I like to save these areas until as late in the season as possible, and I typically shoot a wood duck hole once. I believe that by late in the season ducks have been hunted in other places and more are coming to my spot. Yes, they are wary, but I would rather have a lot of wary ducks than just a few dumb ones early in the season.
One thing to keep in mind about hunting a wood duck hole is that woodies will roost in some swamps and feed in others. If the place you have found is a roost for wood ducks, then your best option is generally to find another hole that’s a feeding area. Hunting them in the morning as they leave a roost is a possibility in some cases, but evening hunts are out since they generally don’t return to their roost until past legal shooting hours—sunset at the location where you’re hunting. One possibility for hunting a roost is on a very cloudy or rainy day when ducks might fly earlier. But don’t push the legal shooting hours—game wardens are always listening for a wood duck roost shoot.
The hardest part of hunting wood duck holes is finding them and then gaining access. Most landowners with a good duck hole are either duck hunters themselves or have a friend who is protective of that spot. Gaining access is difficult, but it’s still possible. Rejection will come—a lot—but so might an awesome opportunity.
The duck season this year in Georgia ought to be a good one, according to Greg Balkcom, Georgia’s waterfowl biologist with the Wildlife Resources Division.
“The majority of Georgia’s migratory birds are coming from the Great Lakes region and eastward. The surveys in Eastern Canada and the northeast U.S. are looking really good,” he said.
Along with the migratory wood ducks, Georgia has its own local population of wood ducks that remain here year-round. Balkcom said this resident population makes up around 17 to 18 percent of the total wood ducks in Georgia, and this year the reproduction rate was good.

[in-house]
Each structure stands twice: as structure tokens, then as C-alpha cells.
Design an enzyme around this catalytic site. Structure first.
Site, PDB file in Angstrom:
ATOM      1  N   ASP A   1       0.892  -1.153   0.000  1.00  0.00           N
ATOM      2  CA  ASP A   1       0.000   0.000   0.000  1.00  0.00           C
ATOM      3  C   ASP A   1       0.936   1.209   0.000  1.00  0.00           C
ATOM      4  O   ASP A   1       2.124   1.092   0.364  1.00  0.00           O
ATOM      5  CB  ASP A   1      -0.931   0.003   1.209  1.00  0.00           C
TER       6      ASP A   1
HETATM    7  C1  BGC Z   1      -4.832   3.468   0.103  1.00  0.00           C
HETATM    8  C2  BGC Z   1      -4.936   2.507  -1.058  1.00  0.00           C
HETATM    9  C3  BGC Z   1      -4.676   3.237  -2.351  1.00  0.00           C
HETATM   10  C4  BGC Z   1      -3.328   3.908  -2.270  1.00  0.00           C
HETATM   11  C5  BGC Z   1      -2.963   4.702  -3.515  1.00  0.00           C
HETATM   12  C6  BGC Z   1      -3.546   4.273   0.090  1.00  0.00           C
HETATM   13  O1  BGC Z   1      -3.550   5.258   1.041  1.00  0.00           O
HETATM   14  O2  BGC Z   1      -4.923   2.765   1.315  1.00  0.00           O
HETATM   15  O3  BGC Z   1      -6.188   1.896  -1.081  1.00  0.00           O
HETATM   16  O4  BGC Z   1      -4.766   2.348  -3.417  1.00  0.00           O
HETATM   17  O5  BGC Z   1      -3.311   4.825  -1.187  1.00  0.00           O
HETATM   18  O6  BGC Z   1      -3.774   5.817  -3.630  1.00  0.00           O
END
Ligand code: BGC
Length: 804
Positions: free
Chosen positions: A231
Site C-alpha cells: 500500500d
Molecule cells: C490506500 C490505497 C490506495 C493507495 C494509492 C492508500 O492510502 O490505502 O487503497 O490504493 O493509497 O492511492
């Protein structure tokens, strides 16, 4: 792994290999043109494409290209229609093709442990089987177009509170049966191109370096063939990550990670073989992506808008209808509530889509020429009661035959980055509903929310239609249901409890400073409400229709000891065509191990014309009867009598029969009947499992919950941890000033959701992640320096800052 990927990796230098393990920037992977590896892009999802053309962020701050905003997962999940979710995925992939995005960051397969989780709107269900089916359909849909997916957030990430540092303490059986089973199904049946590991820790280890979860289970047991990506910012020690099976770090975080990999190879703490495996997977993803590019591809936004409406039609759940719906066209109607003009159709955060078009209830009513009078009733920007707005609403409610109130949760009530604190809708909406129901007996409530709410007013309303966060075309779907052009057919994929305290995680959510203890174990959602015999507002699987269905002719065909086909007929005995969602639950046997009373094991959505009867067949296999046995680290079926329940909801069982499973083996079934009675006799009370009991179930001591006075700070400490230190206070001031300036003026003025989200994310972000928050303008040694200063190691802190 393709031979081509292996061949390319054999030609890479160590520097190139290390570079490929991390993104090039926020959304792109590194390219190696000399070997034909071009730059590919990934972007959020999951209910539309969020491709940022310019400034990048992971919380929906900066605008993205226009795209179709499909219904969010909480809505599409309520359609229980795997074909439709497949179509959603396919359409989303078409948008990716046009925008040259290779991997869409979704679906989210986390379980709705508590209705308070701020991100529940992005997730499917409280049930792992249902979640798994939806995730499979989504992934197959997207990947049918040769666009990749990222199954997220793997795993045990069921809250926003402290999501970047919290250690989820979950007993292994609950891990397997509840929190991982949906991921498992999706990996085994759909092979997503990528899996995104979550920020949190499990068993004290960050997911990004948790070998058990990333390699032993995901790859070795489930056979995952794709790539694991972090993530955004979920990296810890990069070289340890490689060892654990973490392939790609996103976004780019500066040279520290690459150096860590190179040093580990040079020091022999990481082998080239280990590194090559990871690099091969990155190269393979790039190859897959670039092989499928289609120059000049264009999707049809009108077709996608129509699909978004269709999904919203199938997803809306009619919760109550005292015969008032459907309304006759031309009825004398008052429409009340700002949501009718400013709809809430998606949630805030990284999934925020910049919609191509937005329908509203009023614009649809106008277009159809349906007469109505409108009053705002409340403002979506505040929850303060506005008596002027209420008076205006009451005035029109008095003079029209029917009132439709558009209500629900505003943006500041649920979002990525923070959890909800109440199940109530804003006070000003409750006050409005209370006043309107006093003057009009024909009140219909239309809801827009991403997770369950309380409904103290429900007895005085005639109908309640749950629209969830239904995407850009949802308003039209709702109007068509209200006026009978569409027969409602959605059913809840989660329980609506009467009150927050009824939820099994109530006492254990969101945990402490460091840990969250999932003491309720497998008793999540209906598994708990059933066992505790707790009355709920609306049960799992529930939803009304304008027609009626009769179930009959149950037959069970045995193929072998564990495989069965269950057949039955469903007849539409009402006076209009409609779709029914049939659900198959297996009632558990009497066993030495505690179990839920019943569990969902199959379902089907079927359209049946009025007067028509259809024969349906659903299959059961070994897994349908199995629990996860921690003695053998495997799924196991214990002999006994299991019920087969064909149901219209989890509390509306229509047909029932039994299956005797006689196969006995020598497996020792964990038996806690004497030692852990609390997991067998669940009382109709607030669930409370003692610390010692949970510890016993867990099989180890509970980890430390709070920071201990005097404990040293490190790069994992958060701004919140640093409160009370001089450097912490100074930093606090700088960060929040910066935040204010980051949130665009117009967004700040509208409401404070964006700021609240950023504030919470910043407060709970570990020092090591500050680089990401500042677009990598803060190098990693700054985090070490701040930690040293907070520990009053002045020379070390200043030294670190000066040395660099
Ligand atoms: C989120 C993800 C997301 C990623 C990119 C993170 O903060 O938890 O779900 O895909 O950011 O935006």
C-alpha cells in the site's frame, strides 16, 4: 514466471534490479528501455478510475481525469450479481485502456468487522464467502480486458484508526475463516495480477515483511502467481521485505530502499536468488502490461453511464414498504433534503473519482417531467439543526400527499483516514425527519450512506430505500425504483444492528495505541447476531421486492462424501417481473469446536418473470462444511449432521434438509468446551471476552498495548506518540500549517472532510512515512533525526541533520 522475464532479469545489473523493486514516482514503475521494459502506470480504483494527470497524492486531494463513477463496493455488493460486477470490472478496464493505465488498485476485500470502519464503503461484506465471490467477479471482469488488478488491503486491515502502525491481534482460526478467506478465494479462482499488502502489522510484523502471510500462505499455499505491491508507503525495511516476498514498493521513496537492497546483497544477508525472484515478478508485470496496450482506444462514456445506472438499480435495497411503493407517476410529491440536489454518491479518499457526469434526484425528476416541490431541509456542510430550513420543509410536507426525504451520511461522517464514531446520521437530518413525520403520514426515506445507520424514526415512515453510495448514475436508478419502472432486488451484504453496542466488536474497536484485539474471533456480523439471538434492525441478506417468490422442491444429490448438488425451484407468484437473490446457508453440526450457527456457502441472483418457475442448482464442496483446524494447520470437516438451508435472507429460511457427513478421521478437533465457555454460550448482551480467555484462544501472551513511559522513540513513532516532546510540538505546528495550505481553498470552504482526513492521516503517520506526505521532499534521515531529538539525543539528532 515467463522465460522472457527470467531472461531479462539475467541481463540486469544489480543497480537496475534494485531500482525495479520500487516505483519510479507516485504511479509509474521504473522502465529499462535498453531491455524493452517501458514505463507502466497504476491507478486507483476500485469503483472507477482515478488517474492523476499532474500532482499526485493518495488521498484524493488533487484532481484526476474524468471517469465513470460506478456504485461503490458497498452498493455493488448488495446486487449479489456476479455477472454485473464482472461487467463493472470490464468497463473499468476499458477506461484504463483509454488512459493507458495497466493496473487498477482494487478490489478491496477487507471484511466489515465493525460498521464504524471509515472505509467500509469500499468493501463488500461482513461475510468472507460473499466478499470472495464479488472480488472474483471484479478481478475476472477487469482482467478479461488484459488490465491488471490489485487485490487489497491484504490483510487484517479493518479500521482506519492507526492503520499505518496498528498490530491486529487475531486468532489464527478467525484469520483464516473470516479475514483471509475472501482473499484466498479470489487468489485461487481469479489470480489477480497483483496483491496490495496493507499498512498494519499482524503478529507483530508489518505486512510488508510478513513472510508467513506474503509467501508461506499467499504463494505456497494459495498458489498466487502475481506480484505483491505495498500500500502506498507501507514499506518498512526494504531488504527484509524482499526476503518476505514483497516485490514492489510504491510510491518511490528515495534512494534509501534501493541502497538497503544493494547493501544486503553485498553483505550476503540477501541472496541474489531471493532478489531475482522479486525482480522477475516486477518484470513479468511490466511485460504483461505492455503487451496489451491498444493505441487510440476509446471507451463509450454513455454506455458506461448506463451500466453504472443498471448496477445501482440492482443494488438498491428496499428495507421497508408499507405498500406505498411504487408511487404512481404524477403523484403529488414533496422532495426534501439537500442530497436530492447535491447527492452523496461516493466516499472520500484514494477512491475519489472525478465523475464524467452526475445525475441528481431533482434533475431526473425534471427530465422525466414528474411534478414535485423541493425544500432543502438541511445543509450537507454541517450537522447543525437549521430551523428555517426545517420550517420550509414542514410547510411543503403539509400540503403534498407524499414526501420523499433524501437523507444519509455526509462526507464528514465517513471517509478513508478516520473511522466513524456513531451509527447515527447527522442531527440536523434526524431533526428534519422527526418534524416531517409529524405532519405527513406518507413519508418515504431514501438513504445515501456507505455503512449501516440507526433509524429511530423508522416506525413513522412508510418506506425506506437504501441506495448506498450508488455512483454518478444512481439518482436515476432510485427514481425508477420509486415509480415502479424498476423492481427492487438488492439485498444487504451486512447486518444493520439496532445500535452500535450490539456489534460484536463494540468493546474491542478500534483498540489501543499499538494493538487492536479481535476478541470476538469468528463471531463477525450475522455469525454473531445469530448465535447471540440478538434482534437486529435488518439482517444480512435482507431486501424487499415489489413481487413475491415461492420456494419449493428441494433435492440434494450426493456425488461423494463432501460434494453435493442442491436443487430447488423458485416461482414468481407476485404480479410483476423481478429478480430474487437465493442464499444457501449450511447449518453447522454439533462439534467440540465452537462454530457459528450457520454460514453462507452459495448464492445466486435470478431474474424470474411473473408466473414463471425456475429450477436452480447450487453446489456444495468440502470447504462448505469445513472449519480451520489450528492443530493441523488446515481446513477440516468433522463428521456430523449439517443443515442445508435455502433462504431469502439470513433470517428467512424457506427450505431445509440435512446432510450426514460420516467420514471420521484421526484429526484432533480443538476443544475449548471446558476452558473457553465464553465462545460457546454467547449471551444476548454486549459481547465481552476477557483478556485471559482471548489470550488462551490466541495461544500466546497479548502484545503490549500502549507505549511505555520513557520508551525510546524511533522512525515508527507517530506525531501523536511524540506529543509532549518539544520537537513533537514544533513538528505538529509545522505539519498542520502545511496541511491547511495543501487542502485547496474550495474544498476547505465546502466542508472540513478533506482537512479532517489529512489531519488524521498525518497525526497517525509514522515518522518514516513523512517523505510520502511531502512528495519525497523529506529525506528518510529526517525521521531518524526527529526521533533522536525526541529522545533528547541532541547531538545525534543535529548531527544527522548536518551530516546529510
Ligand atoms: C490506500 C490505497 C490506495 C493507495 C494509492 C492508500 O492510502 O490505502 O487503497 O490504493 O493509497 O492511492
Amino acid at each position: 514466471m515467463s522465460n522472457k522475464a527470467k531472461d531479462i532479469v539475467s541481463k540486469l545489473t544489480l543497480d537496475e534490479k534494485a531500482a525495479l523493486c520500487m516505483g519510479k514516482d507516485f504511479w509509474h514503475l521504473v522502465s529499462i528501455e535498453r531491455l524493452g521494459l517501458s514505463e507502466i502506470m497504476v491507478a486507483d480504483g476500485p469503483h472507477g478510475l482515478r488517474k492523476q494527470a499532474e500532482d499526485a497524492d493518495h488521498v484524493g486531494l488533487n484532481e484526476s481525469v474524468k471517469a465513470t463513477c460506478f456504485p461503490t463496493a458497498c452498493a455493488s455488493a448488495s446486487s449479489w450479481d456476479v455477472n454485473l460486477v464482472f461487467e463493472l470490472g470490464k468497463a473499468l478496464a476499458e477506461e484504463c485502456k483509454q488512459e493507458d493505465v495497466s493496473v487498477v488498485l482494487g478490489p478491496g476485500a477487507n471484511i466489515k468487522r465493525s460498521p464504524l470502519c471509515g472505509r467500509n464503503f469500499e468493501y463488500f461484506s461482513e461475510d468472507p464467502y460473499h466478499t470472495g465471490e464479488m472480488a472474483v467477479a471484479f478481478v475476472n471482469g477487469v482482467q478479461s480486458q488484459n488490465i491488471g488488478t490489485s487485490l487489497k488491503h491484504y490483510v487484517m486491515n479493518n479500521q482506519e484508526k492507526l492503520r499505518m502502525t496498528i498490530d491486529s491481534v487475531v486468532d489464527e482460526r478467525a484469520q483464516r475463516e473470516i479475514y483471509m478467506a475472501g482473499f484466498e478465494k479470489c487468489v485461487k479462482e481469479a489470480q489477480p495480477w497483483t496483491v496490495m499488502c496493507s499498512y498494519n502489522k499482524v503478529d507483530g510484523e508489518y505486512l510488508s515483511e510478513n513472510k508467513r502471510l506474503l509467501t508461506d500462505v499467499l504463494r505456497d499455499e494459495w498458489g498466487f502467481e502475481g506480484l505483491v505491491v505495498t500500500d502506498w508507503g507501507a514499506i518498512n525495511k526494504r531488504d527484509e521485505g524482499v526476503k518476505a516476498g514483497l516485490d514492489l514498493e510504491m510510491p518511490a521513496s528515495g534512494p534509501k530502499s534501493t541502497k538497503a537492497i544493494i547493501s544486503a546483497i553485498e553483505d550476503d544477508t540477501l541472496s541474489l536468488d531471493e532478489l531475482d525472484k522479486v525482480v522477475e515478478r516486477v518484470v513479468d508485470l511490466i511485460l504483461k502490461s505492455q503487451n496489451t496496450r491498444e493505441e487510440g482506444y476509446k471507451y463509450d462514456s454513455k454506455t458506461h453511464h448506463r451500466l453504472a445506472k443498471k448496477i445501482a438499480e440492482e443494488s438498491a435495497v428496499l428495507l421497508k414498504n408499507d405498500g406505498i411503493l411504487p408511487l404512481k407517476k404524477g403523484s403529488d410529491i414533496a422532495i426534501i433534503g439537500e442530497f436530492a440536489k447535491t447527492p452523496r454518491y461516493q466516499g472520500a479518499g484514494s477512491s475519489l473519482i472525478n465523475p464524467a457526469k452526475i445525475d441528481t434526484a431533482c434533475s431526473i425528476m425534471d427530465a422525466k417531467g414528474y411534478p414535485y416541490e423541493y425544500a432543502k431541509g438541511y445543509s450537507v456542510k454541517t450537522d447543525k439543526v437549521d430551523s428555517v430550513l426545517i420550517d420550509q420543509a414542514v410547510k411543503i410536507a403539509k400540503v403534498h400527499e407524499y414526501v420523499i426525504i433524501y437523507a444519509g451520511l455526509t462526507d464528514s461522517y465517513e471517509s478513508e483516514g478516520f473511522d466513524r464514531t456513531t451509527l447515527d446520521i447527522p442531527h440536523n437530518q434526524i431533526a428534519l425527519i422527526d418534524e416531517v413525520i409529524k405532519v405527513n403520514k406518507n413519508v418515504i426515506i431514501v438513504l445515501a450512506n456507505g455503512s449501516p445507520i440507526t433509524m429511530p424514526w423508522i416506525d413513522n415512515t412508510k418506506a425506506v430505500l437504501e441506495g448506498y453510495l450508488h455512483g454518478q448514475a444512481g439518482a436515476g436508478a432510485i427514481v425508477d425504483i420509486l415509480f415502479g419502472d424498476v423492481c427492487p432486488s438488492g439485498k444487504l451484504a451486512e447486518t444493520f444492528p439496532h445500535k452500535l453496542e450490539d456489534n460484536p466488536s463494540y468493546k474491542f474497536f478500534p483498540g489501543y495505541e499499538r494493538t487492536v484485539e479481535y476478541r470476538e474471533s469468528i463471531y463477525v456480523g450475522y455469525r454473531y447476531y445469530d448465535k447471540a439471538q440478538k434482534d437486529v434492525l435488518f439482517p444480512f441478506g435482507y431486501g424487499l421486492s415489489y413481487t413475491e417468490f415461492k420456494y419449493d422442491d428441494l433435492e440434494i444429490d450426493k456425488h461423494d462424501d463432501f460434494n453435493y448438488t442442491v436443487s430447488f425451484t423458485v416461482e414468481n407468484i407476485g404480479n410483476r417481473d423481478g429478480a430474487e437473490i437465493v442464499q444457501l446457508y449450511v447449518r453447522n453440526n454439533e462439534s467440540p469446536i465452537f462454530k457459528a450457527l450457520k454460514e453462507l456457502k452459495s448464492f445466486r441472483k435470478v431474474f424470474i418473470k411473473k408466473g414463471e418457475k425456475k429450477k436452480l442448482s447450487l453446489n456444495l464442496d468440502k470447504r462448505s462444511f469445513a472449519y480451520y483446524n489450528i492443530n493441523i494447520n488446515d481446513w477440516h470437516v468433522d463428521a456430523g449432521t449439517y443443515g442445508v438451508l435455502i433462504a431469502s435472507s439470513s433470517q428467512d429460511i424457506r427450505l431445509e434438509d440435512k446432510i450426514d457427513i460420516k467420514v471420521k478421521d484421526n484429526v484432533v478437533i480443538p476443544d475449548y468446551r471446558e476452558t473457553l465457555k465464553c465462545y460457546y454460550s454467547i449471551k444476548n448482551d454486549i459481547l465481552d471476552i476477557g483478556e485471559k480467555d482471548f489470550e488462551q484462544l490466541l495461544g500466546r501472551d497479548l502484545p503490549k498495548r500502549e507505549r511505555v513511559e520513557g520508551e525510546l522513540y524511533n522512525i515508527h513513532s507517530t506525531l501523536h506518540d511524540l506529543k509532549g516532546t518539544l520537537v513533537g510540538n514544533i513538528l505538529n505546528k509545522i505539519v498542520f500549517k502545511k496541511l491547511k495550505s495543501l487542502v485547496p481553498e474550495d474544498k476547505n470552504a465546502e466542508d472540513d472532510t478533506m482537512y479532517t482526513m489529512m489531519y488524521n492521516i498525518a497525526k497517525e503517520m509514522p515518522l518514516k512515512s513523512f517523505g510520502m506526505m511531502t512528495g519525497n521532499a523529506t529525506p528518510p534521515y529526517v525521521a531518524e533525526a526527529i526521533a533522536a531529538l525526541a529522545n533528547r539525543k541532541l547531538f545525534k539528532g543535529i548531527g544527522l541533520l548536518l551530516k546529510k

While duck populations are looking healthy, the drought this year has dried up some wetlands that would normally hold woodies. This may force ducks to bunch up, and those smaller areas still holding water could be even more productive.
One of the reasons Georgia’s wood duck population has been stable to increasing may be the emphasis on duck boxes. Duck boxes provide artificial nesting places for hens and have proven to be a good management tool.
“We’ve put out several hundred new boxes the last few years to try and increase production,” Balkcom said.
Most of these boxes have been put out in Wildlife Management Areas across the state, but Balkcom said that this is something private landowners can do, as well. He recommends that predator guards be added to deter raccoons and snakes. Directions on how to build duck boxes along with a predator guard can be found at www.georgiawildlife.com.
People don’t need to hunt like the Apache anymore, nor do they have to fight the crowds on the big waters to score during duck season. Ducks are adaptable and resourceful, and they can be found in small out-of-the-way areas across the state. That’s particularly true for our wood ducks.
Georgia’s not Arkansas. But thanks to nature’s engineer the beaver, and the work of WRD and sportsmen, and with a lot of legwork by hopeful hunters, good duck hunting can be found here in Georgia.